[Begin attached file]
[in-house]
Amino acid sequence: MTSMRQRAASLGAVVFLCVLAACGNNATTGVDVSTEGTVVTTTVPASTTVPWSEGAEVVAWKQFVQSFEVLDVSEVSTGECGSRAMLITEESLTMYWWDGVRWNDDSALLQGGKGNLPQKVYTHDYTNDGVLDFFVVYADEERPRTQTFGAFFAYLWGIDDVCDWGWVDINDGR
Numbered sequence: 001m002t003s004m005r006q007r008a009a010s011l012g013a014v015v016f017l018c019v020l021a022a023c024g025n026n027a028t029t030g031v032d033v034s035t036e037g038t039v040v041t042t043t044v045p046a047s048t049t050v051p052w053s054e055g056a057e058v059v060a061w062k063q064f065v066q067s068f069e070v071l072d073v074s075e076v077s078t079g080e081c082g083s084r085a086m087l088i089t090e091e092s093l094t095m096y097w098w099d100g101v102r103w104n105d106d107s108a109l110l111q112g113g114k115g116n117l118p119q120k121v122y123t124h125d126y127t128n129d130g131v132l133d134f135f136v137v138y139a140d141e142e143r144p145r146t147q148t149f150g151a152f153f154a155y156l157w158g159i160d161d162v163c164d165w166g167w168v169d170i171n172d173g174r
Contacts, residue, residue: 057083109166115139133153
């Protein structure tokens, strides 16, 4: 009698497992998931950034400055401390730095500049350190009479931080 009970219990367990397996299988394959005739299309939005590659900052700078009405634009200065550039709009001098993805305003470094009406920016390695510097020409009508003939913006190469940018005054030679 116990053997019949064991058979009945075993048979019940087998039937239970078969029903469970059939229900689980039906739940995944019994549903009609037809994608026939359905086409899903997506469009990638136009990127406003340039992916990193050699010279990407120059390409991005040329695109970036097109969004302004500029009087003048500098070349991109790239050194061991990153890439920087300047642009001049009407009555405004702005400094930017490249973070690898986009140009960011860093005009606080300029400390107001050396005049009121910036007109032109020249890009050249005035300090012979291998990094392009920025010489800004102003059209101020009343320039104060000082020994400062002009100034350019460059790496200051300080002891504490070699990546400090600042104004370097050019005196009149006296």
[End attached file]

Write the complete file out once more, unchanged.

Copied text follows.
[in-house]
Amino acid sequence: MTSMRQRAASLGAVVFLCVLAACGNNATTGVDVSTEGTVVTTTVPASTTVPWSEGAEVVAWKQFVQSFEVLDVSEVSTGECGSRAMLITEESLTMYWWDGVRWNDDSALLQGGKGNLPQKVYTHDYTNDGVLDFFVVYADEERPRTQTFGAFFAYLWGIDDVCDWGWVDINDGR
Numbered sequence: 001m002t003s004m005r006q007r008a009a010s011l012g013a014v015v016f017l018c019v020l021a022a023c024g025n026n027a028t029t030g031v032d033v034s035t036e037g038t039v040v041t042t043t044v045p046a047s048t049t050v051p052w053s054e055g056a057e058v059v060a061w062k063q064f065v066q067s068f069e070v071l072d073v074s075e076v077s078t079g080e081c082g083s084r085a086m087l088i089t090e091e092s093l094t095m096y097w098w099d100g101v102r103w104n105d106d107s108a109l110l111q112g113g114k115g116n117l118p119q120k121v122y123t124h125d126y127t128n129d130g131v132l133d134f135f136v137v138y139a140d141e142e143r144p145r146t147q148t149f150g151a152f153f154a155y156l157w158g159i160d161d162v163c164d165w166g167w168v169d170i171n172d173g174r
Contacts, residue, residue: 057083109166115139133153
């Protein structure tokens, strides 16, 4: 009698497992998931950034400055401390730095500049350190009479931080 009970219990367990397996299988394959005739299309939005590659900052700078009405634009200065550039709009001098993805305003470094009406920016390695510097020409009508003939913006190469940018005054030679 116990053997019949064991058979009945075993048979019940087998039937239970078969029903469970059939229900689980039906739940995944019994549903009609037809994608026939359905086409899903997506469009990638136009990127406003340039992916990193050699010279990407120059390409991005040329695109970036097109969004302004500029009087003048500098070349991109790239050194061991990153890439920087300047642009001049009407009555405004702005400094930017490249973070690898986009140009960011860093005009606080300029400390107001050396005049009121910036007109032109020249890009050249005035300090012979291998990094392009920025010489800004102003059209101020009343320039104060000082020994400062002009100034350019460059790496200051300080002891504490070699990546400090600042104004370097050019005196009149006296």